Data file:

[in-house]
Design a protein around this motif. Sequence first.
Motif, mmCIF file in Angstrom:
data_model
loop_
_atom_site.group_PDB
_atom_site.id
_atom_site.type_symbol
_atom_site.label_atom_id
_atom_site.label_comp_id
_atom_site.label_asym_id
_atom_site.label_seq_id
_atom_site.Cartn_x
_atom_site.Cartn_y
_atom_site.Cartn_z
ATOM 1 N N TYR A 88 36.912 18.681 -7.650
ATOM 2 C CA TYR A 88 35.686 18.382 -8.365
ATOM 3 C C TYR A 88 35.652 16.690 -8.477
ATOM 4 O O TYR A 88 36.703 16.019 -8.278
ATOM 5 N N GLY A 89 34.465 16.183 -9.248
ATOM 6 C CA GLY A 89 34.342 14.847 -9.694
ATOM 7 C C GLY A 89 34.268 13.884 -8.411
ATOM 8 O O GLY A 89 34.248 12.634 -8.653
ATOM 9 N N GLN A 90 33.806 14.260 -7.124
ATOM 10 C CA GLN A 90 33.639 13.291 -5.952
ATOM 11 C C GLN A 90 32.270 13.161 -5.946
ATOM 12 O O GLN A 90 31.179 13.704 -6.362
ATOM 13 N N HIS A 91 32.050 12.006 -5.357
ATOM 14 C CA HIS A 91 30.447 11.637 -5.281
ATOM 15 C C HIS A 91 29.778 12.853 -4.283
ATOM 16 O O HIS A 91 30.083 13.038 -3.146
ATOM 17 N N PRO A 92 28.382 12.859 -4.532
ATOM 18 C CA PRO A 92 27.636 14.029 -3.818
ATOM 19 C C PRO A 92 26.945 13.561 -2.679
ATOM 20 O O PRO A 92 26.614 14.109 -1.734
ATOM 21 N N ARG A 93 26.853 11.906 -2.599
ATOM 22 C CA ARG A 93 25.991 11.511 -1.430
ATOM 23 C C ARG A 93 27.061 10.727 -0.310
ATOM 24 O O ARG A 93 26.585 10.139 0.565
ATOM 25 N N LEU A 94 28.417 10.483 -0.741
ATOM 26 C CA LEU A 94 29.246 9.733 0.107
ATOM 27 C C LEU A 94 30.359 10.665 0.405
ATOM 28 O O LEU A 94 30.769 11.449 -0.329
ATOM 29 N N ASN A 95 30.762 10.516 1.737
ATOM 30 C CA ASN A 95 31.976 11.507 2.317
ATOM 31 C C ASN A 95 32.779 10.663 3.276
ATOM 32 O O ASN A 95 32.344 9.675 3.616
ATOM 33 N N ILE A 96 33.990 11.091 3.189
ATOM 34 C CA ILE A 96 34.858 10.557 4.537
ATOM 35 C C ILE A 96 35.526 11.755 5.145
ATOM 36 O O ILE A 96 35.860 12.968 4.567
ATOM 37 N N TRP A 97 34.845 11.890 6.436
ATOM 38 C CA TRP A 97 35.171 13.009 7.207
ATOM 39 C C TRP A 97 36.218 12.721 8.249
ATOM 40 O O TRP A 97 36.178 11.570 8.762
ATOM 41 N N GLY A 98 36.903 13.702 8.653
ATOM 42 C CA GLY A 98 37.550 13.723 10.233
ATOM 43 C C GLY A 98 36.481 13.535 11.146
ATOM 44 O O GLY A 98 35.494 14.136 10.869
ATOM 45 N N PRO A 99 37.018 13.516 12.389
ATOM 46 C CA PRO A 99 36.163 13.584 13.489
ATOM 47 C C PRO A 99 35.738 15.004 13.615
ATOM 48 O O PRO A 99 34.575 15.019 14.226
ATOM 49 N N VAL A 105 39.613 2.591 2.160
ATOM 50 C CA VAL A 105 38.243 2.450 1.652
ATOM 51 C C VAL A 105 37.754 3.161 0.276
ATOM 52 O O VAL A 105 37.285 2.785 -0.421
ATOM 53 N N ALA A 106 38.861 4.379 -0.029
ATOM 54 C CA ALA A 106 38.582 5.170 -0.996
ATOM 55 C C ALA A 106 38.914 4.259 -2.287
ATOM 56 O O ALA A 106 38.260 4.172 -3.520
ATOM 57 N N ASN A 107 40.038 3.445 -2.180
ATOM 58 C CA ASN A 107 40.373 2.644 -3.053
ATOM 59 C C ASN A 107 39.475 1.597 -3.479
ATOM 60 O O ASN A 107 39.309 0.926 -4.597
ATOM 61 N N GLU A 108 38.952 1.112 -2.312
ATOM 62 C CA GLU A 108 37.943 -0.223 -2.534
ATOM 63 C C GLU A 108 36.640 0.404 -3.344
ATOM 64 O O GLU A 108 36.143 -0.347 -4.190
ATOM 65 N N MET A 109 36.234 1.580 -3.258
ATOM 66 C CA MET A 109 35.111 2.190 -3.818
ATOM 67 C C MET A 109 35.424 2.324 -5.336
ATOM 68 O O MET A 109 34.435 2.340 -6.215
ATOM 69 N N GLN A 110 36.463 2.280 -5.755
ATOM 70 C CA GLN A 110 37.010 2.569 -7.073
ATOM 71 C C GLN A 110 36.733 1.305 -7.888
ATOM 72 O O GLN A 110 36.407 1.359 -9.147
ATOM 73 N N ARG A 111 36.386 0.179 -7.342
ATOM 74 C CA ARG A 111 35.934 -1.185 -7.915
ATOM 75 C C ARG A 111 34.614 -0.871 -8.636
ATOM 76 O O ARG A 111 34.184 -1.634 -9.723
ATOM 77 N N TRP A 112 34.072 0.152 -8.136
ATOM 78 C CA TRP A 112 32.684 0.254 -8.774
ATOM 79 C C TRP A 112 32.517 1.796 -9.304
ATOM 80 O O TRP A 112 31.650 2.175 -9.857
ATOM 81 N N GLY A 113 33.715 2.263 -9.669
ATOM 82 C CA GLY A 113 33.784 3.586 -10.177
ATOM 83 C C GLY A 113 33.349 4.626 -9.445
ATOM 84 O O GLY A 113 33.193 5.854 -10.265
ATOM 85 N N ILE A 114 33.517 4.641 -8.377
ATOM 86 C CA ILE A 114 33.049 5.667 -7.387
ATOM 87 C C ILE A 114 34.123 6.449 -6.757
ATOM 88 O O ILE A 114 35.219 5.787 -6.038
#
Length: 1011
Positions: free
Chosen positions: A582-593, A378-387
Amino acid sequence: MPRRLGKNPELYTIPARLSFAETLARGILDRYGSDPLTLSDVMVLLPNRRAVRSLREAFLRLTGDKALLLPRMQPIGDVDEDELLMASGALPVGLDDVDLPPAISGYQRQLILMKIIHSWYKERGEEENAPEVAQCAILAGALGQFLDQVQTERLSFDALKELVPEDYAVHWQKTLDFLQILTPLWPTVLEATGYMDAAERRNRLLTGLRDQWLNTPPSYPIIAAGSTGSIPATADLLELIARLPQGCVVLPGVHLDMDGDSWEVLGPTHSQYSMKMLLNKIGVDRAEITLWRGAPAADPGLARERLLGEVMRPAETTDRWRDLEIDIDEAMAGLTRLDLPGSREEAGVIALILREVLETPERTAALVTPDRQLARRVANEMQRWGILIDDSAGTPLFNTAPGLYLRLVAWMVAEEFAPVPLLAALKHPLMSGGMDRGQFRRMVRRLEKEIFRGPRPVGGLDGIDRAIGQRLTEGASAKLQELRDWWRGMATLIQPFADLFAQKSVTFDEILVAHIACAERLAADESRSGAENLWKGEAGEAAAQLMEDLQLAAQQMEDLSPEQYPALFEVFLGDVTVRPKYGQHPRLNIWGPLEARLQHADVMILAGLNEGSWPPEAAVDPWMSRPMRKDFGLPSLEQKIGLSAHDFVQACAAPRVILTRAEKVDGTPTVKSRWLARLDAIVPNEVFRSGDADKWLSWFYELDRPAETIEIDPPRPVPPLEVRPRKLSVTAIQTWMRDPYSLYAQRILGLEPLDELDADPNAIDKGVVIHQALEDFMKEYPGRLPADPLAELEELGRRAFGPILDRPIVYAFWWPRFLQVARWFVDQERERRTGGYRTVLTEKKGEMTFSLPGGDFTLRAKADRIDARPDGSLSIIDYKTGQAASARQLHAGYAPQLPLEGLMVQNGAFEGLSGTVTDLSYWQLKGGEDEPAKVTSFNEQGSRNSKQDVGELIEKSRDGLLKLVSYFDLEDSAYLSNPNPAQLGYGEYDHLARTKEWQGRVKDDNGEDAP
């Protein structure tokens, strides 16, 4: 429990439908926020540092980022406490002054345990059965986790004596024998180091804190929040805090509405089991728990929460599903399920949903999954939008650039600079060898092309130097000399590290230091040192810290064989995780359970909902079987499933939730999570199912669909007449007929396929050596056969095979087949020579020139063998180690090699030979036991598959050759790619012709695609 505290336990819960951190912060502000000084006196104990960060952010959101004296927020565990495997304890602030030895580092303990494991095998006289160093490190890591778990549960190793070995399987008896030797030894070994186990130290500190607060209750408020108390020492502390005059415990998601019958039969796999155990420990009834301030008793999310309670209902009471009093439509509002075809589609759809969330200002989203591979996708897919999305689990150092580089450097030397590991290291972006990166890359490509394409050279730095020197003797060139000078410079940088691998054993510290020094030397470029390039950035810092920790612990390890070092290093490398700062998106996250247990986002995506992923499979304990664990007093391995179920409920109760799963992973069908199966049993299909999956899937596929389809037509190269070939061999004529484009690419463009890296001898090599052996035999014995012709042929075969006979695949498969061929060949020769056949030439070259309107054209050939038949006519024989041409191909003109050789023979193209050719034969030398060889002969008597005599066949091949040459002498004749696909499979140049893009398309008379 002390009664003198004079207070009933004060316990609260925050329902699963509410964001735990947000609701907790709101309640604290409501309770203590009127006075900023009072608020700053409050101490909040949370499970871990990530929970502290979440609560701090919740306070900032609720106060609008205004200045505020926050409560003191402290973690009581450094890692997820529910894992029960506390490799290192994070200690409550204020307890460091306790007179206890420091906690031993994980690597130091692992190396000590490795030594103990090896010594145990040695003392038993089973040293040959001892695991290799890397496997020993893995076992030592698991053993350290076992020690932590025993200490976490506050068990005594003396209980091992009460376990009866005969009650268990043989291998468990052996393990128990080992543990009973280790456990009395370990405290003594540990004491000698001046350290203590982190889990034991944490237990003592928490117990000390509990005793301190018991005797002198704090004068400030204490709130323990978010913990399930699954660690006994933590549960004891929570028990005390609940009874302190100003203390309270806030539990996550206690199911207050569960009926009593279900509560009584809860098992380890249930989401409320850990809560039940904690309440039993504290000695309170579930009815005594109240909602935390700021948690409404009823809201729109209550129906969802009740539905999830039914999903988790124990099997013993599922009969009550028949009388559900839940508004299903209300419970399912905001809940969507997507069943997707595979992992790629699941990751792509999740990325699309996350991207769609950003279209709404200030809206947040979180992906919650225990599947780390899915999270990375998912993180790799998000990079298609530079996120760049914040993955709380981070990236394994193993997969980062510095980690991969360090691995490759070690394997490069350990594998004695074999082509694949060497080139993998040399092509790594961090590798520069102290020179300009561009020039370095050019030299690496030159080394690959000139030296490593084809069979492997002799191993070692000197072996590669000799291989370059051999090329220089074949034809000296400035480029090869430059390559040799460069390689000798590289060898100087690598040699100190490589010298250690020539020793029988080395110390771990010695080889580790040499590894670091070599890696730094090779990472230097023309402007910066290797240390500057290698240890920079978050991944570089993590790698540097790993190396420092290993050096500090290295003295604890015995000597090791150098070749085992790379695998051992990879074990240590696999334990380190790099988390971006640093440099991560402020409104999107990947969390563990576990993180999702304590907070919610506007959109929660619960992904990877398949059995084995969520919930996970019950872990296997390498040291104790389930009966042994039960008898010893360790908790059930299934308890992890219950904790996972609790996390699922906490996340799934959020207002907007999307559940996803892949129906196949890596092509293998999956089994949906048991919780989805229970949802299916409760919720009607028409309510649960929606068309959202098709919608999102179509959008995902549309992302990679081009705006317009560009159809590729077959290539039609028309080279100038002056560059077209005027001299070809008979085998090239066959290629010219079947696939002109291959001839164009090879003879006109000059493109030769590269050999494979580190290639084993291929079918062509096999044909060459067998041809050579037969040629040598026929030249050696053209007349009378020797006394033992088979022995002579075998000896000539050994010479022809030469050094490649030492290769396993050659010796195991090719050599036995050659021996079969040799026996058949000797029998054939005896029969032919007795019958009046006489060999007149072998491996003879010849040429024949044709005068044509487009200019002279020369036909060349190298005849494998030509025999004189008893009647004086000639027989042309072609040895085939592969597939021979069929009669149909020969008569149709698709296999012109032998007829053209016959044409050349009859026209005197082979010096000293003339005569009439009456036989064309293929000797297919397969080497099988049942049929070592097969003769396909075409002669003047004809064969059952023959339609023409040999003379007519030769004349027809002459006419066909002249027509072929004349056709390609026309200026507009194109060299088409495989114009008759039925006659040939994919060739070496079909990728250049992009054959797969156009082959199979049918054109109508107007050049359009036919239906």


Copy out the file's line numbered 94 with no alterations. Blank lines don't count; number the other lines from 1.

ATOM 79 C C TRP A 112 32.517 1.796 -9.304